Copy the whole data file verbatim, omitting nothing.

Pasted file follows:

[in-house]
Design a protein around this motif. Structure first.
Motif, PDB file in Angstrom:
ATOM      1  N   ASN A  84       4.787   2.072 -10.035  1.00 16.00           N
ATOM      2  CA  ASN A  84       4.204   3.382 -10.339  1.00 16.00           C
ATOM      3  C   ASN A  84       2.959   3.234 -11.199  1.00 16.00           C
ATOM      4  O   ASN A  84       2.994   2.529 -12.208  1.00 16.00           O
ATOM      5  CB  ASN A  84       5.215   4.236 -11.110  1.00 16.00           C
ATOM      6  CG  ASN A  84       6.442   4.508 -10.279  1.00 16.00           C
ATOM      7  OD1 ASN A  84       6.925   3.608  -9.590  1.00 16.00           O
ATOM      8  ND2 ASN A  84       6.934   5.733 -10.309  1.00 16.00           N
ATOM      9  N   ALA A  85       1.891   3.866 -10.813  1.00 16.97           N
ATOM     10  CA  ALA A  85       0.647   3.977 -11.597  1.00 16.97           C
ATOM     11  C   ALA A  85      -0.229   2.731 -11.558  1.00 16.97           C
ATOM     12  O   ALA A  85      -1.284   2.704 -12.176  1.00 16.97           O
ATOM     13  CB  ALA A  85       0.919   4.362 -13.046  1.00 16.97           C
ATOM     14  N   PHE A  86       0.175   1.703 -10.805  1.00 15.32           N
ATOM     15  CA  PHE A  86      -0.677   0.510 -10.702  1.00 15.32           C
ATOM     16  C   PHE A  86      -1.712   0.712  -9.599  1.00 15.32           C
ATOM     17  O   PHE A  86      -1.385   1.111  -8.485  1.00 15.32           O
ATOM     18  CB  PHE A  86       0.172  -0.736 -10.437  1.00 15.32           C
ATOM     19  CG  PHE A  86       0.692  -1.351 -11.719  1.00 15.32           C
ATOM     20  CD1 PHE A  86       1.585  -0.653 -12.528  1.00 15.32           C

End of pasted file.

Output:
[in-house]
Design a protein around this motif. Structure first.
Motif, PDB file in Angstrom:
ATOM      1  N   ASN A  84       4.787   2.072 -10.035  1.00 16.00           N
ATOM      2  CA  ASN A  84       4.204   3.382 -10.339  1.00 16.00           C
ATOM      3  C   ASN A  84       2.959   3.234 -11.199  1.00 16.00           C
ATOM      4  O   ASN A  84       2.994   2.529 -12.208  1.00 16.00           O
ATOM      5  CB  ASN A  84       5.215   4.236 -11.110  1.00 16.00           C
ATOM      6  CG  ASN A  84       6.442   4.508 -10.279  1.00 16.00           C
ATOM      7  OD1 ASN A  84       6.925   3.608  -9.590  1.00 16.00           O
ATOM      8  ND2 ASN A  84       6.934   5.733 -10.309  1.00 16.00           N
ATOM      9  N   ALA A  85       1.891   3.866 -10.813  1.00 16.97           N
ATOM     10  CA  ALA A  85       0.647   3.977 -11.597  1.00 16.97           C
ATOM     11  C   ALA A  85      -0.229   2.731 -11.558  1.00 16.97           C
ATOM     12  O   ALA A  85      -1.284   2.704 -12.176  1.00 16.97           O
ATOM     13  CB  ALA A  85       0.919   4.362 -13.046  1.00 16.97           C
ATOM     14  N   PHE A  86       0.175   1.703 -10.805  1.00 15.32           N
ATOM     15  CA  PHE A  86      -0.677   0.510 -10.702  1.00 15.32           C
ATOM     16  C   PHE A  86      -1.712   0.712  -9.599  1.00 15.32           C
ATOM     17  O   PHE A  86      -1.385   1.111  -8.485  1.00 15.32           O
ATOM     18  CB  PHE A  86       0.172  -0.736 -10.437  1.00 15.32           C
ATOM     19  CG  PHE A  86       0.692  -1.351 -11.719  1.00 15.32           C
ATOM     20  CD1 PHE A  86       1.585  -0.653 -12.528  1.00 15.32           C